- Nick Martin
Photo: Warner Bros. / Lionsgate / Paramount Christopher Nolan was asked, during a Q&A at the Tribeca Film Festival, to choose which sequence from his films he considers his favorite. The log chase scene in Insomniac The semi-flip in The Dark Knightc The docking sequence in Interstellarc Every single one of themc Nope. The director answered as some may have expected, with the opening scene from The Dark Knight Rises, often discussed as his most impressive stunt sequence thus far in his directorial career. Call it the prologue scene, call it the airplane hijacking scene, call it what you want, Nolan is proud of it no matter what title you give it. "It took us about two days in Scotland," he told host Bennett Miller and the crowd. He continued: "It was an incredible sort of coming together of months and months of planning by a lot of different members of »
- Jordan Benesh
Has being the director of a film in a major franchise become a high-stakes gamble? Ryan looks at the pressures faced by modern filmmakers.
The process of making the behemoth that is Avengers: Age Of Ultron has clearly taken its toll on Joss Whedon. In each successive interview with the press, he’s talked with surprising openness about the process of making the superhero sequel and his battles to places an individual stamp on it; this culminated in a recent podcast with Empire, in which he described the “really, really unpleasant” fight to keep certain scenes in the film.
For an established writer and director like Whedon, who’s been working in TV and film since the 90s, taking on a project as huge and loaded with expectation as a Marvel film is evidently punishing, both physically and psychologically. Imagine how difficult it must be, then, to make the jump »
Christopher Nolan and wife Emma Thomas on the Oscars' Red Carpet Christopher Nolan and wife Emma Thomas at the Academy Awards A very blasé-looking Christopher Nolan, shortlisted as one of the producers of Best Picture Oscar nominee Inception and as the writer of the film's original screenplay, arrives with his wife and fellow Inception producer Emma Thomas at the 2011 Academy Awards held on Feb. 27 at the Kodak Theatre in Hollywood. Of course, Christopher Nolan also directed Inception, but he was not included in the Academy's Best Director shortlist. Instead, nominated were: David Fincher for The Social Network. Darren Aronofsky for Black Swan. Joel and Ethan Coen for True Grit. David O. Russell for The Fighter. Tom Hooper, the eventual winner, for The King's Speech. In case the incredibly successful British filmmaker was disappointed, angered, or downright outraged at being bypassed one more time by the Academy of Motion Picture Arts »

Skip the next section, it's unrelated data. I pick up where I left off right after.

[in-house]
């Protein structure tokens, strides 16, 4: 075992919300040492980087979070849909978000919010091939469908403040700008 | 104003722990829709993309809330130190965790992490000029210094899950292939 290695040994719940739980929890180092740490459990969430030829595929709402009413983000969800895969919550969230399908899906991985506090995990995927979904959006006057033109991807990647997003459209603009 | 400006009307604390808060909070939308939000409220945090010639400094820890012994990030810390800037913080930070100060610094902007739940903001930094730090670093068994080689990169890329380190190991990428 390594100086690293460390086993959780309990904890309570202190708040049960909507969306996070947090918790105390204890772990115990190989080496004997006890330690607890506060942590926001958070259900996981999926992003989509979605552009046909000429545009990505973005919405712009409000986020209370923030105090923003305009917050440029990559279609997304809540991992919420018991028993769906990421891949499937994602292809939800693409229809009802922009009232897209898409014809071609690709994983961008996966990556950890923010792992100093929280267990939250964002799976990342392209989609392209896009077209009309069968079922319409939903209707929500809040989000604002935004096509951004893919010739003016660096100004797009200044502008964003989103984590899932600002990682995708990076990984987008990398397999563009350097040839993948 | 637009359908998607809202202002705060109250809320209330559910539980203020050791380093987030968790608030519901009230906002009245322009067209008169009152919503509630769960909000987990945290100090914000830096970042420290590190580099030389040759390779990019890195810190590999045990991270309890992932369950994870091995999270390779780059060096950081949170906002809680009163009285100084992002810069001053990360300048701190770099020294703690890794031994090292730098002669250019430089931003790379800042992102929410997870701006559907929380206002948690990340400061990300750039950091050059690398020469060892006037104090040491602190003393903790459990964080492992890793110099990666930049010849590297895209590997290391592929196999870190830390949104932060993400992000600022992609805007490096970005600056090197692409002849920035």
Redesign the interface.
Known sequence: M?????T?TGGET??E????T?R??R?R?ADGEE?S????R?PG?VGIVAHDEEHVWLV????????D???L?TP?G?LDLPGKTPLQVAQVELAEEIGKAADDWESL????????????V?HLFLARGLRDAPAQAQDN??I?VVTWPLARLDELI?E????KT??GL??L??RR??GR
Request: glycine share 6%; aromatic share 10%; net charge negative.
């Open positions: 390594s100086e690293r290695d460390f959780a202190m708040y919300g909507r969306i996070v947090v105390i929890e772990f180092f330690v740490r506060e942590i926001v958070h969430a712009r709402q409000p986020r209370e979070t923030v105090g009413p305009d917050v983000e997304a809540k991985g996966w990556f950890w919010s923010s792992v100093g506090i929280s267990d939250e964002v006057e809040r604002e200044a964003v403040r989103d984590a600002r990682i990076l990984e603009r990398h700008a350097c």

- D. Zhea
While the mechanics of Christopher Nolan's films can be divisive, there's no denying that he's is one of the best at enacting spectacle on the big screen —his achievements as such include the docking sequence in his most recent "Interstellar" to the sleight-of-hand in "The Prestige" to the tilted hallway fight of the mind-bending "Inception." During a talk last night at the Tribeca Film Festival hosted by Bennett Miller, Nolan was asked to choose which of his blockbuster sequences was his favorite. And he selected the pretty terrific opening airplane kidnapping scene from "The Dark Knight Rises." “It took us about two days in Scotland," he explained about the sequence, which you can watch below. "And it was an incredible sort of coming together of months and months of planning by a lot of different members of the team who worked for months rehearsing these parachute jumps and wind walking, »
- Kevin Jagernauth
For a time during the early 2000s, Josh Hartnett was one of Hollywood's It Boys, starring in Pearl Harbor, Black Hawk Down, and 40 Days and 40 Nights. However, his acting output has been noticeably slim over the last decade, a fact Hartnett attributes in a new interview with Playboy (via Variety) to turning down the role of Batman in Christopher Nolan's The Dark Knight trilogy. Yeah, that'll do the trick. In lieu of his decision, Hartnett made some smaller movies, and then he stopped working for a while because, as he tells Playboy, "I was tired and wanted to spend more time with my friends and family." Looking back, however, Hartnett wishes he'd have reconsidered his decision to turn down the cape and cowl. "I've definitely said no to some of the wrong people." He further elaborates: "I learned my lesson when Christopher Nolan and I talked about Batman. I decided it wasn't for me. »
- Jordan Benesh
"I've definitely said no to some of the wrong people. I said no because I was tired and wanted to spend more time with my friends and family. That's frowned upon in this industry," Hartnett said.
"People don't like being told no. I don't like it. I learned my lesson when Christopher Nolan and I talked about Batman. I decided it wasn't for me.
"Then he didn't want to put me in The Prestige. They not only hired their Batman for it, they also hired my girlfriend [Scarlett Johansson] at the time."
Of seeing Bale and Johansson in The Prestige, »